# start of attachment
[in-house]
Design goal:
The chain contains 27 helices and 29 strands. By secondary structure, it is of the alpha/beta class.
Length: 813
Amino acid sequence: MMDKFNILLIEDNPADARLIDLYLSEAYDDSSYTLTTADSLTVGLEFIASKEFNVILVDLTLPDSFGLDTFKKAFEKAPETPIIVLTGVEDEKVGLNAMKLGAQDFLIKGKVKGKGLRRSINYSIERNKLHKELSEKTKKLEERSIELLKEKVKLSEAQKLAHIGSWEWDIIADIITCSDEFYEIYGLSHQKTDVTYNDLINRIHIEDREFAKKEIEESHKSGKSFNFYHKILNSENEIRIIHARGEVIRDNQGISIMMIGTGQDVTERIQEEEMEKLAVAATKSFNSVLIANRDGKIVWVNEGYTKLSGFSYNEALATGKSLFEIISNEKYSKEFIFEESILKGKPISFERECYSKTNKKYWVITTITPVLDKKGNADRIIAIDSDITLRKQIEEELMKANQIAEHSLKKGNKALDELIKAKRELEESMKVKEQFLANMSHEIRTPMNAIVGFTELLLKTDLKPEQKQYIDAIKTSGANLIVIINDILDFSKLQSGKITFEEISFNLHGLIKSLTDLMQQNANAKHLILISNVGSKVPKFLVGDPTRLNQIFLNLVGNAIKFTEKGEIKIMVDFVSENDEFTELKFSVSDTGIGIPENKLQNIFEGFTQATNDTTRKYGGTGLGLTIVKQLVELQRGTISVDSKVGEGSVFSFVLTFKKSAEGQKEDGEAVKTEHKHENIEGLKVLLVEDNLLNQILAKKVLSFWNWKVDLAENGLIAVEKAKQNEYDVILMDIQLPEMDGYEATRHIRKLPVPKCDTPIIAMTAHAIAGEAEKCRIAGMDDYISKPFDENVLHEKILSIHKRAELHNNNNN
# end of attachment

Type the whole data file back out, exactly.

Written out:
[in-house]
Design goal:
The chain contains 27 helices and 29 strands. By secondary structure, it is of the alpha/beta class.
Length: 813
Amino acid sequence: MMDKFNILLIEDNPADARLIDLYLSEAYDDSSYTLTTADSLTVGLEFIASKEFNVILVDLTLPDSFGLDTFKKAFEKAPETPIIVLTGVEDEKVGLNAMKLGAQDFLIKGKVKGKGLRRSINYSIERNKLHKELSEKTKKLEERSIELLKEKVKLSEAQKLAHIGSWEWDIIADIITCSDEFYEIYGLSHQKTDVTYNDLINRIHIEDREFAKKEIEESHKSGKSFNFYHKILNSENEIRIIHARGEVIRDNQGISIMMIGTGQDVTERIQEEEMEKLAVAATKSFNSVLIANRDGKIVWVNEGYTKLSGFSYNEALATGKSLFEIISNEKYSKEFIFEESILKGKPISFERECYSKTNKKYWVITTITPVLDKKGNADRIIAIDSDITLRKQIEEELMKANQIAEHSLKKGNKALDELIKAKRELEESMKVKEQFLANMSHEIRTPMNAIVGFTELLLKTDLKPEQKQYIDAIKTSGANLIVIINDILDFSKLQSGKITFEEISFNLHGLIKSLTDLMQQNANAKHLILISNVGSKVPKFLVGDPTRLNQIFLNLVGNAIKFTEKGEIKIMVDFVSENDEFTELKFSVSDTGIGIPENKLQNIFEGFTQATNDTTRKYGGTGLGLTIVKQLVELQRGTISVDSKVGEGSVFSFVLTFKKSAEGQKEDGEAVKTEHKHENIEGLKVLLVEDNLLNQILAKKVLSFWNWKVDLAENGLIAVEKAKQNEYDVILMDIQLPEMDGYEATRHIRKLPVPKCDTPIIAMTAHAIAGEAEKCRIAGMDDYISKPFDENVLHEKILSIHKRAELHNNNNN